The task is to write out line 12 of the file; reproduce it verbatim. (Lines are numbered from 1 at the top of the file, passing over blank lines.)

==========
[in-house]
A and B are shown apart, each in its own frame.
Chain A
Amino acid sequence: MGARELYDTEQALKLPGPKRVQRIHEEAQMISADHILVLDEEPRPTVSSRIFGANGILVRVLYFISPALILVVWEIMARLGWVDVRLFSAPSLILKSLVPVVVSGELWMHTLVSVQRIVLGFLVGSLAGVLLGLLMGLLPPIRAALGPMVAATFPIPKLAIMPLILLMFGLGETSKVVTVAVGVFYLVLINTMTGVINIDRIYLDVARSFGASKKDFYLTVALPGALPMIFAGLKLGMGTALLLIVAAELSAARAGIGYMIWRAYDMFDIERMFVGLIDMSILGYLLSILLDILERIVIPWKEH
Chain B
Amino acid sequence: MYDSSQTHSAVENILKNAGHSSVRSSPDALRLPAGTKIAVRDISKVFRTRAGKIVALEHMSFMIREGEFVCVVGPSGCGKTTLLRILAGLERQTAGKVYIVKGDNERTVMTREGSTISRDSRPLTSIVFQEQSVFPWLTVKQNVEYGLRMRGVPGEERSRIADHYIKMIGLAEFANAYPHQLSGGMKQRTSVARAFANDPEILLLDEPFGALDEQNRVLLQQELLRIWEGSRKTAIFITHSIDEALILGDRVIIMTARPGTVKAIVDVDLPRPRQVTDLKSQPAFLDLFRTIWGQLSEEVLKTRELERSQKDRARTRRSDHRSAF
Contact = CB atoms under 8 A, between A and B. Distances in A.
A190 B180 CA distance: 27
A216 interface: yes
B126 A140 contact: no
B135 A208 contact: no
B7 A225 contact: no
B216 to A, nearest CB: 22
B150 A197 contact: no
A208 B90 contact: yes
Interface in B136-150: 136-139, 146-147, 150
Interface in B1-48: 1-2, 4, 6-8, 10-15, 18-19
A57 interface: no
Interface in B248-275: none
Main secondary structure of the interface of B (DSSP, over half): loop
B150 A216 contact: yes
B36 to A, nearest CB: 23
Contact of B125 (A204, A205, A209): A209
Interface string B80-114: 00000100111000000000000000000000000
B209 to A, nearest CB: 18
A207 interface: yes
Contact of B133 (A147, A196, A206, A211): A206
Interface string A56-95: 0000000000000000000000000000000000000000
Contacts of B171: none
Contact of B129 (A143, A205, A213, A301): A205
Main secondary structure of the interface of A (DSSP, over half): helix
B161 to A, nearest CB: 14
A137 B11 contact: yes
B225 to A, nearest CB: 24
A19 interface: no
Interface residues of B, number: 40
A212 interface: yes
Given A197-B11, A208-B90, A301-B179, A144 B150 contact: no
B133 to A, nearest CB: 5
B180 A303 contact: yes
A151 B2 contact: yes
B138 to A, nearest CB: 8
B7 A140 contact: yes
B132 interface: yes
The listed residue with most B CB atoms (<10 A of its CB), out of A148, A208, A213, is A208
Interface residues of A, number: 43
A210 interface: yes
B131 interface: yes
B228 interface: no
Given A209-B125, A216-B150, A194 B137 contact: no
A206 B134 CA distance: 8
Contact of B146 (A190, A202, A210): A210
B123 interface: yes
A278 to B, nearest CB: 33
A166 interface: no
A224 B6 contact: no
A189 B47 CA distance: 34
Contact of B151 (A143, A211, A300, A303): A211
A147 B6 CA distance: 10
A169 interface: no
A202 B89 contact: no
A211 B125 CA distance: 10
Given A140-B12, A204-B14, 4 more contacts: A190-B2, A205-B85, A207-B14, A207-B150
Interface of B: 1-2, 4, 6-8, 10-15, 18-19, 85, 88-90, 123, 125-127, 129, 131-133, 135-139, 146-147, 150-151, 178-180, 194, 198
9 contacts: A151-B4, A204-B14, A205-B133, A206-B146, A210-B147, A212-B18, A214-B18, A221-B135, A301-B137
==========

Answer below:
B7 A225 contact: no